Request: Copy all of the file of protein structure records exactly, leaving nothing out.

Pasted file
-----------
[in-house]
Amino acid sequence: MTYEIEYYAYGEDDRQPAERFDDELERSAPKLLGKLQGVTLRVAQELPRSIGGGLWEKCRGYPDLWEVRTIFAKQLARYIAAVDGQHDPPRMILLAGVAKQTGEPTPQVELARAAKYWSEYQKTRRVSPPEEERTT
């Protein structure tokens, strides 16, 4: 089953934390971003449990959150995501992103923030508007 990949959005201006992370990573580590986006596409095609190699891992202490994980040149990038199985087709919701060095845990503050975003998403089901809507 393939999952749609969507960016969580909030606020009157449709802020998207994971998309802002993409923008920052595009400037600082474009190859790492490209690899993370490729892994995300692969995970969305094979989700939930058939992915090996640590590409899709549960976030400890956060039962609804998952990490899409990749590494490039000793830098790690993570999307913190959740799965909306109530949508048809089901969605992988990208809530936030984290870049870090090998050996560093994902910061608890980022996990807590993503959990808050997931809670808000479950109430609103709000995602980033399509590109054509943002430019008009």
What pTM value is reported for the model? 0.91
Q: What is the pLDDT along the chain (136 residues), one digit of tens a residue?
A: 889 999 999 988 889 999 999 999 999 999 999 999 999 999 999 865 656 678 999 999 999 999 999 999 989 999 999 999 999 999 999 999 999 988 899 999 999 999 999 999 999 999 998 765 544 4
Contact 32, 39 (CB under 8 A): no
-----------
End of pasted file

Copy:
[in-house]
Amino acid sequence: MTYEIEYYAYGEDDRQPAERFDDELERSAPKLLGKLQGVTLRVAQELPRSIGGGLWEKCRGYPDLWEVRTIFAKQLARYIAAVDGQHDPPRMILLAGVAKQTGEPTPQVELARAAKYWSEYQKTRRVSPPEEERTT
């Protein structure tokens, strides 16, 4: 089953934390971003449990959150995501992103923030508007 990949959005201006992370990573580590986006596409095609190699891992202490994980040149990038199985087709919701060095845990503050975003998403089901809507 393939999952749609969507960016969580909030606020009157449709802020998207994971998309802002993409923008920052595009400037600082474009190859790492490209690899993370490729892994995300692969995970969305094979989700939930058939992915090996640590590409899709549960976030400890956060039962609804998952990490899409990749590494490039000793830098790690993570999307913190959740799965909306109530949508048809089901969605992988990208809530936030984290870049870090090998050996560093994902910061608890980022996990807590993503959990808050997931809670808000479950109430609103709000995602980033399509590109054509943002430019008009």
What pTM value is reported for the model? 0.91
Q: What is the pLDDT along the chain (136 residues), one digit of tens a residue?
A: 889 999 999 988 889 999 999 999 999 999 999 999 999 999 999 865 656 678 999 999 999 999 999 999 989 999 999 999 999 999 999 999 999 988 899 999 999 999 999 999 999 999 998 765 544 4
Contact 32, 39 (CB under 8 A): no